We all reach that point in our lives when we come to the realization that we are getting significantly older. This realization often hits people right around the age of 50, the half-century mark of our lives. It is right around this time when you may notice that you have more wrinkles around your eyes and on your neck. In addition, you need reading glasses to peruse the menu at your favorite eatery and you say “what?” a lot more than you want to. You may also notice a decline in dental health.

Your body goes through drastic changes during puberty, which is why most of us would never want to go through that again. But what many of you don’t know is that your body will once again go through some pretty drastic changes after the age of 50. Dental issues that you thought you would never have to deal with again might start cropping up if you aren’t careful. And while the occasional cavity is nothing to lose sleep over, there are some pretty serious dental problems you will want to avoid. James W. Mellert, your dentist in Torrance, gives you a few examples.

Tooth Decay

Cavities are fairly common and easily resolved, but as your teeth get older, decay becomes more of a problem. Cavities can become more prevalent around old fillings. Regular visits to your dental office will help prevent tooth decay.

Oral Cancer

The older you get, the higher the risk of oral cancer. Your best defense against this scary and devastating disease is early detection. Regular dental checkups are the best way to catch this disease in the early stages.

Overcrowding Teeth

As you age, the more your teeth are prone to shifting. Gradually, your teeth become overcrowded and you notice that food is more likely to get stuck between your teeth. You also have a more difficult time flossing. If this is happening to you, pay a visit to your dentist for options.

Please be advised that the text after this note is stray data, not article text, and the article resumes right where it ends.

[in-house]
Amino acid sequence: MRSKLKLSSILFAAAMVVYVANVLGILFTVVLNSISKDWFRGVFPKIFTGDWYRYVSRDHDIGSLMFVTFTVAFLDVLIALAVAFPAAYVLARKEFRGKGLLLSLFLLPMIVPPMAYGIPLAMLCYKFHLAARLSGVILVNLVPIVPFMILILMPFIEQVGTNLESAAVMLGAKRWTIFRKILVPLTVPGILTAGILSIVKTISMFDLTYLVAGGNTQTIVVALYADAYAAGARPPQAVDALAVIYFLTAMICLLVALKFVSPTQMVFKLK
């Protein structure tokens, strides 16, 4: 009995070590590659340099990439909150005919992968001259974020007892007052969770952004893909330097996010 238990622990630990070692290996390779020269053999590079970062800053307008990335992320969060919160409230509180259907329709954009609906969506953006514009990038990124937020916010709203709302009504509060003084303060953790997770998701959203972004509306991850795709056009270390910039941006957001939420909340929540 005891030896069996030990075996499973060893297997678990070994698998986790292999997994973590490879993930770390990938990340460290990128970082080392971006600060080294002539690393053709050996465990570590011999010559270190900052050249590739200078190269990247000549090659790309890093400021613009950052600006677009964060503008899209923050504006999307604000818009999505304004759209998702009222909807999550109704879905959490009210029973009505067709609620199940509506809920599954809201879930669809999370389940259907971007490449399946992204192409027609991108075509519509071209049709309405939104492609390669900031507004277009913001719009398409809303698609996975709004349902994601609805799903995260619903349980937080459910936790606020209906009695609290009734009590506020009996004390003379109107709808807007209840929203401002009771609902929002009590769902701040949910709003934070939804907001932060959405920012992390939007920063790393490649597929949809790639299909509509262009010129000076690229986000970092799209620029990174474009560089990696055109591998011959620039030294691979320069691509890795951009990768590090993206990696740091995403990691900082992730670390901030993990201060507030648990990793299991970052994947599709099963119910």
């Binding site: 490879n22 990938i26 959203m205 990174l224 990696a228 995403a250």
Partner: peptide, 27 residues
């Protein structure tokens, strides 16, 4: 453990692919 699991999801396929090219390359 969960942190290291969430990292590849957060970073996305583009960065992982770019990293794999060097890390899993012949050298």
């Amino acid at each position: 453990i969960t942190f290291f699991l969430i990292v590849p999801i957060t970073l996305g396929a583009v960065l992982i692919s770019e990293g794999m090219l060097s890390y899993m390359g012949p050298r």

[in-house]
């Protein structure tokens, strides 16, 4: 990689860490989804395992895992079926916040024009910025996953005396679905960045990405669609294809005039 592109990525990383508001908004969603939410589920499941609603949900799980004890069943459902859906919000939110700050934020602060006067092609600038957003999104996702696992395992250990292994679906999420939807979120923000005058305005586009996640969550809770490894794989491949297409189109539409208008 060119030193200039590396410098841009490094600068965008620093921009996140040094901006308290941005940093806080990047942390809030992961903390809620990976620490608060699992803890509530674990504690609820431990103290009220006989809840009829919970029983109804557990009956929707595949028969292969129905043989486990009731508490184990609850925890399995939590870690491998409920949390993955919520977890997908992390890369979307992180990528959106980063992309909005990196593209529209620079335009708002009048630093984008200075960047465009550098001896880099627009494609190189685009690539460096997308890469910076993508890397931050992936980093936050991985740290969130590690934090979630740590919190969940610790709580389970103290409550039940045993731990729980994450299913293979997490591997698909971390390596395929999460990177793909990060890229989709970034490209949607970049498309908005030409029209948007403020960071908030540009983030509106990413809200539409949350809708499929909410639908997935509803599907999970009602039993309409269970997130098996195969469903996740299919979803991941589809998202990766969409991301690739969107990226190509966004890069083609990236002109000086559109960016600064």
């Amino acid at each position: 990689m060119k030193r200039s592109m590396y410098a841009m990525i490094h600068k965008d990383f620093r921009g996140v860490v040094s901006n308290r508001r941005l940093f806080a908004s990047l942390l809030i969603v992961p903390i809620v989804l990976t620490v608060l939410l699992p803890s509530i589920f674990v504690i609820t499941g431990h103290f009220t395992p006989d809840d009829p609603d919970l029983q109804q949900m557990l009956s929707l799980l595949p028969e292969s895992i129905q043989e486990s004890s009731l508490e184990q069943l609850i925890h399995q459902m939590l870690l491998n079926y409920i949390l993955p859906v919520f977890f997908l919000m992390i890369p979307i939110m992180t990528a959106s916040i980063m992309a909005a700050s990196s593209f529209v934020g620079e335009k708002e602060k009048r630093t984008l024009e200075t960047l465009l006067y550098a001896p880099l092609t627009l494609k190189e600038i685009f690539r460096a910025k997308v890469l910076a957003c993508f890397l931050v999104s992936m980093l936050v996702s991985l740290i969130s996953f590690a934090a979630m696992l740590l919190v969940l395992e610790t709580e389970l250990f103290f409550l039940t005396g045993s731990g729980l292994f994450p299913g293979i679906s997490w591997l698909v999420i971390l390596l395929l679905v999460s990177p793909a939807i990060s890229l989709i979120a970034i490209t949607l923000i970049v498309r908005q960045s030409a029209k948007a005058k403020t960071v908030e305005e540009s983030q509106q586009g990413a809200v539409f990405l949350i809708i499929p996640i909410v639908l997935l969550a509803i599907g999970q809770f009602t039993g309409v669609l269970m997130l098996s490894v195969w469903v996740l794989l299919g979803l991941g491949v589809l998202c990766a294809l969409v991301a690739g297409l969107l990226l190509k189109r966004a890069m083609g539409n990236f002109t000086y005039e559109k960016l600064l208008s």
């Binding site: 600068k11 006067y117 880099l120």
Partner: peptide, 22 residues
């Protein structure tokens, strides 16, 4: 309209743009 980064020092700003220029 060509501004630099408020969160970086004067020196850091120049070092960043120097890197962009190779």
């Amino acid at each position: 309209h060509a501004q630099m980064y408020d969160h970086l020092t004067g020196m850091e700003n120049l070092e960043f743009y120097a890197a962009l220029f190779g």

Dry Mouth

Dry mouth is a side effect of many medications older people may be taking. In addition to making it uncomfortable to eat and all around rather annoying, dry mouth can cause bad breath and damage your teeth. This is a pretty common condition in older patients but can be resolved by drinking more water throughout the day. If the condition persists, schedule an appointment with your family dentist.


If your gums are red, swollen and tend to bleed, the culprit could be gingivitis. If left untreated, gingivitis can develop into gum disease, which is quite serious and can lead to complications including tooth loss. Again, regular dental visits can help prevent this disease.

Darkened Teeth

Tooth darkening is a natural effect of aging. The hard tissue covering your teeth, known as enamel, wears away and exposes the darker dentin underneath it. If you smoke, drink coffee or other foods that stain, your teeth become discolored over the years.

Caring for aging teeth is important, here is what you can do to minimize problems.


Dentists recommend using a soft-bristled toothbrush to keep your teeth clean. A soft-bristled brush is comfortable and prevents damage to the tooth enamel and gums. You should be brushing your teeth in the morning, at night before bed and after each meal. Dentists recommend a two to three minute cleaning time.

If you are suffering arthritis or otherwise find it difficult to brush your teeth, you can try an electric toothbrush.


Flossing should be a daily event as it is the best way to remove sticky bacteria from your teeth. Flossing allows you to reach places you can’t with your toothbrush. But keep in mind that flossing can damage gums, teeth and dental work if you aren’t careful.


If you have missing teeth, consider having implants. This procedure does involve surgery, but provides a permanent solution to tooth loss and tooth damage. Implants work by connecting a metal post into the jawbone and then attaching a dental implant by screwing it into place. The implant integrates to your bone and looks like a natural tooth.


Dentures are also an option if you have missing teeth.

If it has been a while since you have seen your dentist, give James W. Mellert a call.